12:29 pm
what is different now is that today's baby boomers are either working much longer were approaching work, not as an afterthought, but as a pillar of their retirement plan. the numbers tell the story. in 1991, 11% of workers expected to retire after age 65, according to the employee benefit research institute's 2015 retirement confidence survey. today, more than three times that number expect a retired after age 65. 10% don't plan to retire. two thirds of workers say they plan to work for pay and retirement. here is the hitch, many workers say they are going to work in retirement, but a very small percentage do. working for pay a few years longer can make a huge difference in financial security
12:30 pm
as we age. i suspect one of the reasons why people are not continuing to work is they cannot find a job and give up. as i travel around the country speaking to audiences of people over 50 who are looking for jobs, i see a palpable feeling -- fear in their eyes that they will outlive their money. simply put, they need to work. it comes to getting a job, it is a struggle. i will not sugarcoat it. this is what i find it -- an employer is concerned that an is no up forho get an ask if i need to botox or die my hair to look younger and i say no. you need a fitness program. you need to be physically fit and it's one of the best things you can do it you give off a certain energy and a can-do spirit. it goes a long way to fighting ageism. the second thing employers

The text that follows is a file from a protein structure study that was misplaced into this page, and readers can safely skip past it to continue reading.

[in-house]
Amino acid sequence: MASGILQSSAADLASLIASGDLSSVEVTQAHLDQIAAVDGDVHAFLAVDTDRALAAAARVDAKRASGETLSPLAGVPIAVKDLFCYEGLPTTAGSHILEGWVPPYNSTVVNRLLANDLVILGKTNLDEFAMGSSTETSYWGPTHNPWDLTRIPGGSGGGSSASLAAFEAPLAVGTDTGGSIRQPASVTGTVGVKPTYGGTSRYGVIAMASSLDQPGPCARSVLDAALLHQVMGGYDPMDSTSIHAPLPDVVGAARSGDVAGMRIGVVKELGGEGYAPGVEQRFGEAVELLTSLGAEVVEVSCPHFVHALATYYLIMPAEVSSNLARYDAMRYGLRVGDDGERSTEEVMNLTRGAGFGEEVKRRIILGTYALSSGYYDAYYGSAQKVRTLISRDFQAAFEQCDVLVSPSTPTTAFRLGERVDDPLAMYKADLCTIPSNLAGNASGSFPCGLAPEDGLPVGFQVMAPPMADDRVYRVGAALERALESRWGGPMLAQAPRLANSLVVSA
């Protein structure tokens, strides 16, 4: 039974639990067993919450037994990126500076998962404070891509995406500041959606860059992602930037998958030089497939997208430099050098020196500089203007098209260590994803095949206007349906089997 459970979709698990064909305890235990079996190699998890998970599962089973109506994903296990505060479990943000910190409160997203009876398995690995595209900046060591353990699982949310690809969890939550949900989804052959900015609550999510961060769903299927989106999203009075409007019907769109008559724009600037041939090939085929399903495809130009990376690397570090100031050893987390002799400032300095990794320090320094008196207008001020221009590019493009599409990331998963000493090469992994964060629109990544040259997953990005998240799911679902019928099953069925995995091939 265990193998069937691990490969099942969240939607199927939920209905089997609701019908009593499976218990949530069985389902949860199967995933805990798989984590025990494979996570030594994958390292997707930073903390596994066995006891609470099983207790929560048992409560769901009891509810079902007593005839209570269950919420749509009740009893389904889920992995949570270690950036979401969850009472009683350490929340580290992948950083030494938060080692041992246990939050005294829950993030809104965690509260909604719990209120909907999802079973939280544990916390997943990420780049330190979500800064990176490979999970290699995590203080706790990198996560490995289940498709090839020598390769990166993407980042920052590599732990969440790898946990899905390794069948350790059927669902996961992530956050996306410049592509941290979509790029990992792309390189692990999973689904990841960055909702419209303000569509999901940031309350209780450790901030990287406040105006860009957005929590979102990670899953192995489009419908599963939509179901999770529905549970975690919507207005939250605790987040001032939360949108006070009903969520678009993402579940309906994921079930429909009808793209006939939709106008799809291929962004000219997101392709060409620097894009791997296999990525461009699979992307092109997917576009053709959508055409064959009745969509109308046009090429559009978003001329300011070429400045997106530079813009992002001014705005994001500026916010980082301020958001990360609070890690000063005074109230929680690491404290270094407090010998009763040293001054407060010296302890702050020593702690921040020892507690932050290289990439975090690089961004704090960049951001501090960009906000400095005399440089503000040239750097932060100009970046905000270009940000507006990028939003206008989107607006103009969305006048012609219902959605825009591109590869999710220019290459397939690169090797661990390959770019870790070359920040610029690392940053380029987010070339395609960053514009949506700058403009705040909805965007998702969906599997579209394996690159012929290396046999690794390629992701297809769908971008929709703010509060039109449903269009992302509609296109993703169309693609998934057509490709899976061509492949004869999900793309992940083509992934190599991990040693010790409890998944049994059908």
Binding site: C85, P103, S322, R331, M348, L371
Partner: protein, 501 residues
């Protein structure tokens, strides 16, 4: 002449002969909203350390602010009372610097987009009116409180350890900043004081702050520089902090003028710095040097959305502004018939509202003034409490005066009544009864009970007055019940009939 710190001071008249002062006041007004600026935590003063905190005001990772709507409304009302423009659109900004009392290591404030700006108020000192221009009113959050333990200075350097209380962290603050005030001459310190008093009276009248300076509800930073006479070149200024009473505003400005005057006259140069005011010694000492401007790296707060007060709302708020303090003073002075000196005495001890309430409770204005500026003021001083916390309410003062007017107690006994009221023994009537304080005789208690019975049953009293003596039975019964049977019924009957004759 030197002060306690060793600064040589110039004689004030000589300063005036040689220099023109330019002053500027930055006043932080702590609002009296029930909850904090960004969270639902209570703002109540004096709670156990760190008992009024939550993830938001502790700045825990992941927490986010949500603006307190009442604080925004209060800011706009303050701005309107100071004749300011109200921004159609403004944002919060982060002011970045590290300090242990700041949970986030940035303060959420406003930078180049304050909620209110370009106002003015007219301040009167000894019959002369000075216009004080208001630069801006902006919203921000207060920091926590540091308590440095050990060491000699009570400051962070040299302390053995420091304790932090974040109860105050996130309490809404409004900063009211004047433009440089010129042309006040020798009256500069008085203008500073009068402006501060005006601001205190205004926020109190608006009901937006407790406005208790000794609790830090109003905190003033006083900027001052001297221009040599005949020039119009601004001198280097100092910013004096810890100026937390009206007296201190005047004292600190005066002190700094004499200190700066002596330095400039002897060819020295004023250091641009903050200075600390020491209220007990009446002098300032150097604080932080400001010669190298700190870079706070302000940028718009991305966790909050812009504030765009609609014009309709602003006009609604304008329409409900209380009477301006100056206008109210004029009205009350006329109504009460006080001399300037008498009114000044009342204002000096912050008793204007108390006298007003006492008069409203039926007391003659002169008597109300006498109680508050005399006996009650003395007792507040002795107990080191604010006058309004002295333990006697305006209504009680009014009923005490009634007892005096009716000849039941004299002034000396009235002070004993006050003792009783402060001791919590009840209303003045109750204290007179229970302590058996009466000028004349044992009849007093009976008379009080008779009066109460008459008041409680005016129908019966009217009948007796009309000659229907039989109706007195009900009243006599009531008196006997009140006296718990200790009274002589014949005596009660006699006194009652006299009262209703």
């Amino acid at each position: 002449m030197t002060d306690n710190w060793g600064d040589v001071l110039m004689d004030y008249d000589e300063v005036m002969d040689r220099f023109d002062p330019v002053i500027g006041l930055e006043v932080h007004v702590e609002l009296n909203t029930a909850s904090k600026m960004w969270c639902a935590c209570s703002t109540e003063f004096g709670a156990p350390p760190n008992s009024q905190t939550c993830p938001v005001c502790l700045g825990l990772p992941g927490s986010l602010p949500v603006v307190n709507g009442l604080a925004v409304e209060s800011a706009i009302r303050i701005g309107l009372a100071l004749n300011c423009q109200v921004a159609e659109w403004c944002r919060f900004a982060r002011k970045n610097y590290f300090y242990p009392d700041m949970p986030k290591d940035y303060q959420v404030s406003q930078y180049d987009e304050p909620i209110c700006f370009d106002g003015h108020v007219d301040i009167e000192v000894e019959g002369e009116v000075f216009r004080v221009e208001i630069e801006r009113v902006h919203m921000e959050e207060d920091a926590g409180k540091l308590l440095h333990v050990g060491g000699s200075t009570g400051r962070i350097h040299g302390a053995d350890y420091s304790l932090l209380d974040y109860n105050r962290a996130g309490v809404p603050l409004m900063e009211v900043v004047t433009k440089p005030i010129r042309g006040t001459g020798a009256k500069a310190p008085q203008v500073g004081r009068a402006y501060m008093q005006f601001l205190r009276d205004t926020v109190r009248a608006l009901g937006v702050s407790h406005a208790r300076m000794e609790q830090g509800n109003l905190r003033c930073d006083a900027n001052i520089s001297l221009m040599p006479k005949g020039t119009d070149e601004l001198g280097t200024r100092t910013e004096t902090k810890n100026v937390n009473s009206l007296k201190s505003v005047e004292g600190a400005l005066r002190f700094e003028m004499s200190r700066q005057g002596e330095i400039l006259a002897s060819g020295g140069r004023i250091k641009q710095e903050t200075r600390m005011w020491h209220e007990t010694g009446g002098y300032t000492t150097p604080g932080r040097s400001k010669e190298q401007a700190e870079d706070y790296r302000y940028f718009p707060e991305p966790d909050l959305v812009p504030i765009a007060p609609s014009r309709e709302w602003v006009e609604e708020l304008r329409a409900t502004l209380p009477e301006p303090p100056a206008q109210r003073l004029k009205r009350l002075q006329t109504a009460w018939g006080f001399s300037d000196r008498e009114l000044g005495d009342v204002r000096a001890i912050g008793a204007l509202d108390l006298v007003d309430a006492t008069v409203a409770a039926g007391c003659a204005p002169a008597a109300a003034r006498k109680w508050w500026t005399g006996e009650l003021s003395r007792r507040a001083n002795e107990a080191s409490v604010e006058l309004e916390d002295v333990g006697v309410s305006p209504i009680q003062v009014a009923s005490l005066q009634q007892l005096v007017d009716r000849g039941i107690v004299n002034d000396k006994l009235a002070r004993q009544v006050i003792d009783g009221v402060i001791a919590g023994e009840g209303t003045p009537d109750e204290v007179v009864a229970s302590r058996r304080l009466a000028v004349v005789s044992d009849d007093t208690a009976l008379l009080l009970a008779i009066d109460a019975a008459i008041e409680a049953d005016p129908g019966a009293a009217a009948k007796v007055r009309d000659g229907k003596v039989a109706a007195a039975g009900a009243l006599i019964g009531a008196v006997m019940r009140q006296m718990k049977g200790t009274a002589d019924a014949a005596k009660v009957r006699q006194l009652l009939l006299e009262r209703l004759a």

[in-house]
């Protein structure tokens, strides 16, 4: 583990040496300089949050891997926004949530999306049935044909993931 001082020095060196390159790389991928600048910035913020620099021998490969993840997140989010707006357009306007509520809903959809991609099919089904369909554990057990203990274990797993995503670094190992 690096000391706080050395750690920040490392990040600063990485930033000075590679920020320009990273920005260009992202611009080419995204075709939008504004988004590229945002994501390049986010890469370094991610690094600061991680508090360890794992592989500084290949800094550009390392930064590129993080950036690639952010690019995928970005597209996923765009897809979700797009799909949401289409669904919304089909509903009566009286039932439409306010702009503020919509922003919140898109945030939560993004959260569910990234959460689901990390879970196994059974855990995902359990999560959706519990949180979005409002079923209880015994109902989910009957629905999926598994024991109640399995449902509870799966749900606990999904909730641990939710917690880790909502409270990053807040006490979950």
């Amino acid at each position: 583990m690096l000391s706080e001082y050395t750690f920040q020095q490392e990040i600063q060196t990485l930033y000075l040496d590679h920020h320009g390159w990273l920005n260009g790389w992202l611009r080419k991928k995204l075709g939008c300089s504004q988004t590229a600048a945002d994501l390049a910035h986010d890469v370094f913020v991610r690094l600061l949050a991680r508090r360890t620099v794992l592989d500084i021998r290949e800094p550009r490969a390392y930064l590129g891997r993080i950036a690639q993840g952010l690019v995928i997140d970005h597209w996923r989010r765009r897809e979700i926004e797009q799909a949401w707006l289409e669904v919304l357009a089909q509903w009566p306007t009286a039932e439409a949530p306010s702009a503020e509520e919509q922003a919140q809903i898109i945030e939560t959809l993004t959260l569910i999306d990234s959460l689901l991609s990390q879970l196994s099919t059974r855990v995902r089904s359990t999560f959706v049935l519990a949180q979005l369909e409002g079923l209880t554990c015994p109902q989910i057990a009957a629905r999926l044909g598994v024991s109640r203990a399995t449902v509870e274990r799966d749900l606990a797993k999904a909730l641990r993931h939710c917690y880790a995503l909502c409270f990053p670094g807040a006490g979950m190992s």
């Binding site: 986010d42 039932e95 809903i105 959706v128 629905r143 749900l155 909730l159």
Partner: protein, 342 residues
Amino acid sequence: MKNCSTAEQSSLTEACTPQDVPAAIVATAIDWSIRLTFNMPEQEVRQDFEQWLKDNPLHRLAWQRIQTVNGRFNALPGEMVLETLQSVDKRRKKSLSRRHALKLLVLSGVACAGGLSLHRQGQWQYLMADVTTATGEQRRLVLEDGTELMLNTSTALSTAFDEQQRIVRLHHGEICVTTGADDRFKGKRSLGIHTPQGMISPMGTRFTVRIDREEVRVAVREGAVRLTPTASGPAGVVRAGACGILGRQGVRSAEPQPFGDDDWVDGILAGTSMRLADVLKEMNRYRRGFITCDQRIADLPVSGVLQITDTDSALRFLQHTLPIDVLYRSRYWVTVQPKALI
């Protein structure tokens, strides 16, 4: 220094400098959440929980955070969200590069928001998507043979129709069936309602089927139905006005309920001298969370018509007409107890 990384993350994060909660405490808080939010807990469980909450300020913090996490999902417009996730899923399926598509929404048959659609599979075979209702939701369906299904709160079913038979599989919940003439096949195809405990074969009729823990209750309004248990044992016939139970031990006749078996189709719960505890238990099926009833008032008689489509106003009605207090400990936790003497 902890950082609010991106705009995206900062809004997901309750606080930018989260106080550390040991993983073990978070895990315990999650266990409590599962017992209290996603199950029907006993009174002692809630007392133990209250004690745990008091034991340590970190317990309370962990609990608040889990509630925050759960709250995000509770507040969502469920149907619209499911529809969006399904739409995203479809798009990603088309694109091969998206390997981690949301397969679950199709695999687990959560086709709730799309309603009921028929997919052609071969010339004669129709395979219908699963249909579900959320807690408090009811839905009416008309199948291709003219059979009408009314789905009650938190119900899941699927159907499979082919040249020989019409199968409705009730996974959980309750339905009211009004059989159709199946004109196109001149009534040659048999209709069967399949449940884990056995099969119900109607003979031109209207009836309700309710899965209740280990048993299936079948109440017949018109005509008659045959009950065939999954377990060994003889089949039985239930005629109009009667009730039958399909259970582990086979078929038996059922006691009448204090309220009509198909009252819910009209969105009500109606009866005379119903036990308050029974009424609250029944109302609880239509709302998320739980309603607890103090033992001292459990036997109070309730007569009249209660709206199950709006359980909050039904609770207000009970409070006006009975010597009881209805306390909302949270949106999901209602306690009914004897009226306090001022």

12:31 pm
worry about is that you may not be up to technology. that is nonnegotiable. i encourage workers to take courses at a community college for local library to ramp it up. learning is imperative if you want to stay relevant in the workplace. the third thing they will worry about is that you are not going to play nicely with the other kids. by that i mean younger workers or become payable with a younger workforce. it's about fitting into the culture. you need to go out of your way to show you have had great multi generational work relationships. employers will worry that you are overqualified for the job and they will not be happy with the salary they can offer you. you will resented in time. it is a stark reality. many older workers i know who do find work of back to work at lower salaries than they had with their last employer.
12:32 pm